Japan wins first pairs’ title at figure skating worlds; Americans grab silver


Japan has 13 world figure skating championships gold medals from singles skaters. Now, it has its first gold medal from a pairs’ team.

Riku Miura and Ryuichi Kihara dethroned Alexa Knierim and Brandon Frazier, who last year became the first Americans to win a pairs’ world title since 1979.

Miura and Kihara totaled 222.16 points between Wednesday’s short program and Thursday’s free skate on home ice in Saitama, holding off the Americans by 4.68. Miura fell on their throw triple loop in the free, but their 6.08-point cushion from the short was enough as the Americans also had jumping errors.

“I know it wasn’t our best free skate, but I told [Miura] we should be proud of ourselves,” Kihara said, according to the International Skating Union. “I told her to look up at the audience, look at how many people are cheering for us. I didn’t know how the result would turn out, but I told her let’s be proud of ourselves and go home with pride. Hearing the crowd for the other pairs, I knew they all skated well, so all three of us [including coach Bruno Marcotte] just prayed waiting for our score. I’m not sure why we got a personal best score.”

Sara Conti and Niccolo Macii took bronze for Italy’s first world pairs’ medal, denying fourth-place Canadians Deanna Stellato-Dudek and Maxime Deschamps.

Stellato-Dudek, 39, was trying to become the oldest world medalist in decades, after winning the 2000 World junior silver medal in singles and ending a 15-year retirement in 2016.

FIGURE SKATING WORLDS: Results | Broadcast Schedule

Miura, 21, and Kihara, 30, have trained in Ontario since teaming in 2019, just about the time that Kihara was ready to retire after two Olympics with other partners and a recent concussion. They ranked outside the top 20 pairs in the world that first season, but since set milestones for pairs in Japan, which has a rich figure skating history in singles events.

They placed 10th at the 2021 Worlds, then seventh at the February 2022 Olympics and took silver behind Knierim and Frazier at the March 2022 Worlds, which included none of the top teams from Russia (banned) and China (haven’t competed since the Olympics).

They went undefeated this season despite not returning to full training until mid-September after an offseason of skating shows and Miura’s shoulder injury.

Now, they join a list of world champions in one of Japan’s most popular sports that was previously all solo acts. It began with Midori Ito in 1989 and continued through 2006 Olympic champion Shizuka Arakawa, three-time world champion Mao Asada and two-time Olympic champion Yuzuru Hanyu.

“With this result, it would be very much appreciated if new boys or girls would want to take on the challenge to start pairs,” Kihara said, according to the ISU. “I hope more pair skaters will increase, and in 10 or 20 years, people will look back to this day and say this day was the turning point for the Japanese pair discipline.”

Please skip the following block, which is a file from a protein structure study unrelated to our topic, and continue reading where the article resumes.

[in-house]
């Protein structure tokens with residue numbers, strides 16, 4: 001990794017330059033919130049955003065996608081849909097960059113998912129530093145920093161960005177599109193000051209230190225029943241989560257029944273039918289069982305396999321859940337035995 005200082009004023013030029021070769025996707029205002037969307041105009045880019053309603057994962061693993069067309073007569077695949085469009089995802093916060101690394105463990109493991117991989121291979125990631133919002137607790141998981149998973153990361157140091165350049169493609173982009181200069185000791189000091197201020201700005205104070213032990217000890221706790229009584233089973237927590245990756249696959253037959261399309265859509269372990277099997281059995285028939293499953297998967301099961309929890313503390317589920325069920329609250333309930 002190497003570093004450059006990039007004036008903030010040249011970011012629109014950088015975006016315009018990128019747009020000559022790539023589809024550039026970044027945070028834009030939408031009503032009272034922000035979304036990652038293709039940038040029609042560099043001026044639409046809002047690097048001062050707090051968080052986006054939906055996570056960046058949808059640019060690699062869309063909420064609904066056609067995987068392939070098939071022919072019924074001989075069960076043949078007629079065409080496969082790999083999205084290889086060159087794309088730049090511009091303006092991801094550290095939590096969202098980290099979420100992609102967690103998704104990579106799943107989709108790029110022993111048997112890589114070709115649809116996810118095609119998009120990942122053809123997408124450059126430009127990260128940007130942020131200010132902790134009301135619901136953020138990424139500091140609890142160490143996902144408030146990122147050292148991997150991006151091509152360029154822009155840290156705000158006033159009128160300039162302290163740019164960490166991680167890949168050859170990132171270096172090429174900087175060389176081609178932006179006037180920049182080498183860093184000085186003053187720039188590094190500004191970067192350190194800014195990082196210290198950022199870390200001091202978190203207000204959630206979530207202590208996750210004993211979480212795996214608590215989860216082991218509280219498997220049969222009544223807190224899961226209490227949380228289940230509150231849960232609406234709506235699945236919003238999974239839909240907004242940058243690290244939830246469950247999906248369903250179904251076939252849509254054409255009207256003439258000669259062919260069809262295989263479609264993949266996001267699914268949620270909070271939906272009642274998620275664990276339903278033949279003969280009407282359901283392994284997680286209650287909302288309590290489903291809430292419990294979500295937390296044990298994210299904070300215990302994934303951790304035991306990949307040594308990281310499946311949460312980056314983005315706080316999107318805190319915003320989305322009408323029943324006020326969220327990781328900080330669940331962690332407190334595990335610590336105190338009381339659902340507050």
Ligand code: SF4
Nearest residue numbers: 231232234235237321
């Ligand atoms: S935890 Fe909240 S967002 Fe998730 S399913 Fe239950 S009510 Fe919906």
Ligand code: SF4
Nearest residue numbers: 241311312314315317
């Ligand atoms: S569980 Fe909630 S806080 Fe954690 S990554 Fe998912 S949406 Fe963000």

Knierim, 31, and Frazier, 30, have said they will likely retire after this season, though they also thought they would stop after last season. They competed this week without Todd Sand, one of their primary coaches, who has been hospitalized after a March 2 heart attack.

“This whole week, this whole time, this program, it was all for our coach — and that’s what our hearts are,” Knierim said, according to the ISU. “[I felt] fulfillment because I gave it everything I could and, for me, that’s always enough when you know that you’ve exhausted all of yourself to make the best opportunity.

“I was very proud of us. We never dreamed that we would have two world medals, and for us this is an achievement, and the color is beautiful.”

If Knierim and Frazier retire, it’s clear that Emily Chan and Spencer Howe will become the leading U.S. pair. They finished fifth in their worlds debut.

Worlds continue Thursday night (U.S. time) with the rhythm dance, followed Friday morning with the women’s free skate, live on Peacock and USA Network.

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Iga Swiatek wins third French Open title, fourth Grand Slam, but this final was not easy


Iga Swiatek won her third French Open title and her fourth Grand Slam overall, pushed to a third set in a major final for the first time.

Swiatek, a 22-year-old Pole, outlasted unseeded Czech Karolina Muchova 6-2, 5-7, 6-4 on Saturday at Roland Garros. Muchova tested Swiatek, the only singles player in the Open Era to win their first seven major final sets. She became the first player to take a set off Swiatek in the tournament.

Swiatek looked en route to another major final sweep, up 3-0 in the second set. She then committed 11 unforced errors (versus four winners) over the rest of the set as Muchova rallied back (with 10 winners versus 11 unforced errors).

Muchova then won the first eight points of the third set. Swiatek, under the most pressure of her career on the sport’s biggest stages, passed the test. The players exchanged breaks of serve, and Muchova had another break point for a chance to serve for the championship, but Swiatek fended her off.

“After so many ups and downs, I kind of stopped thinking about the score,” Swiatek said. “I wanted to use my intuition more because I knew that I can play a little bit better if I’m going to get a little bit more loosened up.”

FRENCH OPEN DRAWS: Women | Men | Broadcast Schedule

No woman lower than the 14th seed has beaten both world Nos. 1 and 2 at a Grand Slam since the WTA rankings began in 1975. Muchova, ranked 43rd, nearly pulled it off.

“The feeling is a little bitter because I felt it was very close,” she said. “But overall, I mean, to call myself Grand Slam finalist, it’s amazing achievement.”